Water ‘central to recovery’ of Iraq: UN
Baghdad, March 24, 2009
Water in Iraq is essential not just to life and health, but to agriculture, industry, electricity and jobs for Iraqi citizens, a top UN official has said.
On World Water Day (March 22), United Nations agencies highlighted the need for the people of Iraq to have access to safe water.
“Better management of Iraq’s water resources will improve quality of life for millions” said David Shearer, the UN resident and humanitarian coordinator for Iraq.
Only one in five families outside Baghdad has access to functioning sewage facilities. One-third of wastewater and sewage produced in Baghdad is treated, with much of the rest discharged as raw sewage into the Tigris and Euphrates rivers.
“Diarrhea as a result of contaminated water and poor hygiene is one of two main causes of death of children in Iraq” said Sikandar Khan, Unicef representative in Iraq, the agency leads the water and sanitation sector.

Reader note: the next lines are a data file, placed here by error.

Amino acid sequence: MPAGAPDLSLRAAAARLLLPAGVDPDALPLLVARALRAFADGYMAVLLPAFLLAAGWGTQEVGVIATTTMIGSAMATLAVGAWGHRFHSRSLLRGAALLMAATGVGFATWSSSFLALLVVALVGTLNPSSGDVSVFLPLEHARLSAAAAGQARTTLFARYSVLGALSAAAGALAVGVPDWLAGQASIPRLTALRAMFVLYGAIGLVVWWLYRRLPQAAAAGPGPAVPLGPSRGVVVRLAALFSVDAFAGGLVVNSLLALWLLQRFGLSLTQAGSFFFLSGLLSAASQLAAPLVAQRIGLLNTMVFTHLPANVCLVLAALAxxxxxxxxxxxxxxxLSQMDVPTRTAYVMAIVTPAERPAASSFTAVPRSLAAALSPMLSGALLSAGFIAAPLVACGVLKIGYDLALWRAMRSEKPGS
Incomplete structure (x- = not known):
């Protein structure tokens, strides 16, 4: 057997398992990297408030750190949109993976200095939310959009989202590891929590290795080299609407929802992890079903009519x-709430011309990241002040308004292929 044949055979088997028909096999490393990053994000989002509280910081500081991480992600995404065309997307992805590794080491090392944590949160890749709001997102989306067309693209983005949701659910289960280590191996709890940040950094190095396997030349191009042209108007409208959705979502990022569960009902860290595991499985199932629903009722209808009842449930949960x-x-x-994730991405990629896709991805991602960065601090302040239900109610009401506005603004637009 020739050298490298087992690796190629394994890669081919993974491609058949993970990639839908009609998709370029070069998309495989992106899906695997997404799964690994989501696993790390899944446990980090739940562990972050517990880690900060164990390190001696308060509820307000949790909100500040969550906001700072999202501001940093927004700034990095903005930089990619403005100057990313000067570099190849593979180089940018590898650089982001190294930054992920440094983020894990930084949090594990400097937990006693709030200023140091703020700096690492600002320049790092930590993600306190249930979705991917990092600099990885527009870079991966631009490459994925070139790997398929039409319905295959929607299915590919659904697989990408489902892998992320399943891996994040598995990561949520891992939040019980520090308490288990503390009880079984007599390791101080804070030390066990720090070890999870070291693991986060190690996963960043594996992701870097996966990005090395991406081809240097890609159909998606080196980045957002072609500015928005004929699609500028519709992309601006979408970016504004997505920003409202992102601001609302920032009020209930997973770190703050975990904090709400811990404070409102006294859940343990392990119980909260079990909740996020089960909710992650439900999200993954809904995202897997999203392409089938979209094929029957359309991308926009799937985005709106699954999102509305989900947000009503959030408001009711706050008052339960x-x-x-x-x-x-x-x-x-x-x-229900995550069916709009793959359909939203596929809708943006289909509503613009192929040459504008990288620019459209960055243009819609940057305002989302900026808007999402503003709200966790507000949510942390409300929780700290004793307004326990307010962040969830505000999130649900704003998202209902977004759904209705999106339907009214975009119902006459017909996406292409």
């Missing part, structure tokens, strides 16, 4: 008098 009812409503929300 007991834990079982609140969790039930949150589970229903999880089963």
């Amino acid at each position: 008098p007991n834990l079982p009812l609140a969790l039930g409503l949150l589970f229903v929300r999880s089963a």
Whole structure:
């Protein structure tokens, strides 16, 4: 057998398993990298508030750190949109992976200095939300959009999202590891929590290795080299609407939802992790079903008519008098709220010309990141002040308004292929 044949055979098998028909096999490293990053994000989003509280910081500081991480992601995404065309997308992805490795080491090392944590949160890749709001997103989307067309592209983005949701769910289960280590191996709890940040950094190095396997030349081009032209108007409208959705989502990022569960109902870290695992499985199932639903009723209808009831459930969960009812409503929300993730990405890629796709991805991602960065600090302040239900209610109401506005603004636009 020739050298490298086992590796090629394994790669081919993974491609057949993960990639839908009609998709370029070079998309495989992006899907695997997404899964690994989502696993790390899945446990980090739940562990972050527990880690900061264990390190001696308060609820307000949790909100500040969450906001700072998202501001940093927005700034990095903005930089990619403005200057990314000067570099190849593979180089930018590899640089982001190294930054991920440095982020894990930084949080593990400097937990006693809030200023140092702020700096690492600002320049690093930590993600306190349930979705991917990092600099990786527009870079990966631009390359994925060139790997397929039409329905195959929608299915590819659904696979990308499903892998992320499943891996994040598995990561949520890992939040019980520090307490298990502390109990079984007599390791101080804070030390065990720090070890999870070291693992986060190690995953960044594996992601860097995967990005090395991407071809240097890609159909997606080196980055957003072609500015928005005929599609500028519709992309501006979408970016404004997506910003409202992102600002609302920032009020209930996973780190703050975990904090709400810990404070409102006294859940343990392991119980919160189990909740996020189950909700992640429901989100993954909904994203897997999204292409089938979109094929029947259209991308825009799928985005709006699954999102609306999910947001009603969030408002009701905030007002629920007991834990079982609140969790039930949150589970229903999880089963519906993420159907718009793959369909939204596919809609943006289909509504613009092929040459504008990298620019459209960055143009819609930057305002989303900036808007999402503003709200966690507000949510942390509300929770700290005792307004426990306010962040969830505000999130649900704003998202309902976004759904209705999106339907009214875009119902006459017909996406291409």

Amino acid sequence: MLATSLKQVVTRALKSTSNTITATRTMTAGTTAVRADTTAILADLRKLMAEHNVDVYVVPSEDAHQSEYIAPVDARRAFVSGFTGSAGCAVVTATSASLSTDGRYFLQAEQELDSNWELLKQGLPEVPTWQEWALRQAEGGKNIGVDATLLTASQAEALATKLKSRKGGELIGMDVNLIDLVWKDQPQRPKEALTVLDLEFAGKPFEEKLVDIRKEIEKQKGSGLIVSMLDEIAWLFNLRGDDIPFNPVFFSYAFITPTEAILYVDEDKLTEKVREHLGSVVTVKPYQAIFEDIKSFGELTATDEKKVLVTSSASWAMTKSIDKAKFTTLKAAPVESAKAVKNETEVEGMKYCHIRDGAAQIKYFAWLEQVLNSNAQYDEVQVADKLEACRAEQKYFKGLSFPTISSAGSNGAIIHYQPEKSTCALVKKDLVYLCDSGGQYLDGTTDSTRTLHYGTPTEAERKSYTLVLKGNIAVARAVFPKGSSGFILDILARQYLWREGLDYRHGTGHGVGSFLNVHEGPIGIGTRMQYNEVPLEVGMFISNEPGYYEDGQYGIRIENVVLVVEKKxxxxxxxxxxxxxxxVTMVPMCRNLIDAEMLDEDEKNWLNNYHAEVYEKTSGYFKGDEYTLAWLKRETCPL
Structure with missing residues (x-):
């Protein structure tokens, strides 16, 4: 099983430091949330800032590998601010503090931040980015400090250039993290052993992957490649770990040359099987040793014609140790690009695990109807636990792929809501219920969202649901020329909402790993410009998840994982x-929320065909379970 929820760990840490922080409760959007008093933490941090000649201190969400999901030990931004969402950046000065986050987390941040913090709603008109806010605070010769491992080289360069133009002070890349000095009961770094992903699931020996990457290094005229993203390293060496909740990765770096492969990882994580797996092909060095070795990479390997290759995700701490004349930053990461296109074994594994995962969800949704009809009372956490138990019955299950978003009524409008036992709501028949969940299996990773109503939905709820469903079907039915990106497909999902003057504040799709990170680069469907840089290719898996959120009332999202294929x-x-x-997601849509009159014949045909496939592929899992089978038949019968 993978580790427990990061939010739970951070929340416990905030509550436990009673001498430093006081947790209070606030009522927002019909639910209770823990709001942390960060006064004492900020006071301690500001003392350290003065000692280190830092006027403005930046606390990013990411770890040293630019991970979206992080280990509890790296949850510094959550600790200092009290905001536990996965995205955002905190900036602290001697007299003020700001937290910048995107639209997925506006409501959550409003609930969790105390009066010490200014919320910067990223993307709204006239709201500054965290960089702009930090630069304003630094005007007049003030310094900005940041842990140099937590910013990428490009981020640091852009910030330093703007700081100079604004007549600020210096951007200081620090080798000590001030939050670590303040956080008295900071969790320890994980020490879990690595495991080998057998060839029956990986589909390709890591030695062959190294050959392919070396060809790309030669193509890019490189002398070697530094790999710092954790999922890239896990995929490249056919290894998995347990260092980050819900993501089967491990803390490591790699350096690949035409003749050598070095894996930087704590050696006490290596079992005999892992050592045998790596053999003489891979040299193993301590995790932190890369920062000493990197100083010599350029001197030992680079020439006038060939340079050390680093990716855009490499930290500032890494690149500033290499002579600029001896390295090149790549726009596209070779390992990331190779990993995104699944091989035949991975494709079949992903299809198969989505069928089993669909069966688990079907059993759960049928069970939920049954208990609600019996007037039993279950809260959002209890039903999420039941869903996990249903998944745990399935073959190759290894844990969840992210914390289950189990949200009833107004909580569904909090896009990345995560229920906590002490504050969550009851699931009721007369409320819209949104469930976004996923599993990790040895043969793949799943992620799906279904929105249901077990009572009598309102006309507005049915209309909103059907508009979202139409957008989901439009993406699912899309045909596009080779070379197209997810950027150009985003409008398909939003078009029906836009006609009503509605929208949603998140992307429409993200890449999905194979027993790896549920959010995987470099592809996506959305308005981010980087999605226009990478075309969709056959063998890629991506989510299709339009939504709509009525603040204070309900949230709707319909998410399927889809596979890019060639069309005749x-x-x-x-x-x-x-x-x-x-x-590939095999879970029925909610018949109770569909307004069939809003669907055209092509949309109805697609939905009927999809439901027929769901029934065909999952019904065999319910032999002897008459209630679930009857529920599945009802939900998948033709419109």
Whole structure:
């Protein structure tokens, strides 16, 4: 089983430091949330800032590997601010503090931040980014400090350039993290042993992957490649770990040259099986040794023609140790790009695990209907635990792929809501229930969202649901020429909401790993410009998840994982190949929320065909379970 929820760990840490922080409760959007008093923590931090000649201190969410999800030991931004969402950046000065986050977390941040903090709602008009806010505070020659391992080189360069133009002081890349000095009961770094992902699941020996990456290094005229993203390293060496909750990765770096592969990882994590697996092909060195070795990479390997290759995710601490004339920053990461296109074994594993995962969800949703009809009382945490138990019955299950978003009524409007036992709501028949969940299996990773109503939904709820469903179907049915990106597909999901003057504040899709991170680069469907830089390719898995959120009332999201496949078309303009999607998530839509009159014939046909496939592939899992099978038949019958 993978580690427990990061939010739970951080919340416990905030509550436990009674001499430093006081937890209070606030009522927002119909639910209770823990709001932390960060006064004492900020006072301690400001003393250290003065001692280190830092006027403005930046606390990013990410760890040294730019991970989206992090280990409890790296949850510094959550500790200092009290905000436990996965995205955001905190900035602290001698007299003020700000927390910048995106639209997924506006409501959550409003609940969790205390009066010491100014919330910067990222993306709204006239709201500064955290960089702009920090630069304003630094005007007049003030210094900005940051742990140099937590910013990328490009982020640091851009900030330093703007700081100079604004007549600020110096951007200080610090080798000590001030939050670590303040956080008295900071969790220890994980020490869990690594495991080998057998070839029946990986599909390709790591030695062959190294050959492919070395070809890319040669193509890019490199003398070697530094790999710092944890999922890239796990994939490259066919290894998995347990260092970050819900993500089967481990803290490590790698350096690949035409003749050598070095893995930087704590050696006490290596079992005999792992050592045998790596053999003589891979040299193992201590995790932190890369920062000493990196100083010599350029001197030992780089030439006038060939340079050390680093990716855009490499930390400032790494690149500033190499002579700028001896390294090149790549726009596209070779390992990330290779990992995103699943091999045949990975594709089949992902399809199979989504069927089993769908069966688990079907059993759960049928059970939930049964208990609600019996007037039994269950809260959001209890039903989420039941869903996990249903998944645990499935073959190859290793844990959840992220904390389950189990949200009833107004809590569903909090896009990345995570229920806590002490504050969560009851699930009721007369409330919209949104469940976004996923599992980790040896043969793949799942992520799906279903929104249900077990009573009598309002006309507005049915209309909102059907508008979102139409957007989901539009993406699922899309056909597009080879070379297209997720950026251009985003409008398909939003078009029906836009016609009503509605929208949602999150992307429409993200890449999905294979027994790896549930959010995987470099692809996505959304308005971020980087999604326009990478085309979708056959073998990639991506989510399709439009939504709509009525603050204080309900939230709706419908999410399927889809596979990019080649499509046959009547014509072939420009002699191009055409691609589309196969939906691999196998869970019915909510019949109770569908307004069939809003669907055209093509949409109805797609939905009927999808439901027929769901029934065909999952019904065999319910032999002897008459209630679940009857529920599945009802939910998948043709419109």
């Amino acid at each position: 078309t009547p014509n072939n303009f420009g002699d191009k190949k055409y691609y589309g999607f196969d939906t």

In 2008, more than half a million cases of acute watery diarrhea were reported, including some cholera cases.
The UN is working in partnership with the government of Iraq and other organisations on water projects nationwide, to repair water networks, promote water quality, support agricultural irrigation systems and conserve water during an extended drought.
It is also providing direct humanitarian assistance to those most at risk from water shortages in response to drought that now threatens the country’s livelihoods, especially agricultural produce.
Annual rainfall has been less than 50 per cent of the normal average in recent years.
The theme for World Water Day 2009 is "Shared Water - Shared Opportunities", with special focus on trans-boundary waters.
The building of new dams and reservoirs in Iraq’s neighbouring countries may lead to a severe loss in the surface water which contributes to 76 per cent of the Tigris and Euphrates' annual flow.
"The many challenges Iraq and its neighbouring countries face in ensuring water resources are equitably shared,” said Mohamed Djelid, director of Unesco Iraq office.
“The success of this process will depend on cooperation, tolerance and mutual respect,” he added. – TradeArabia News Service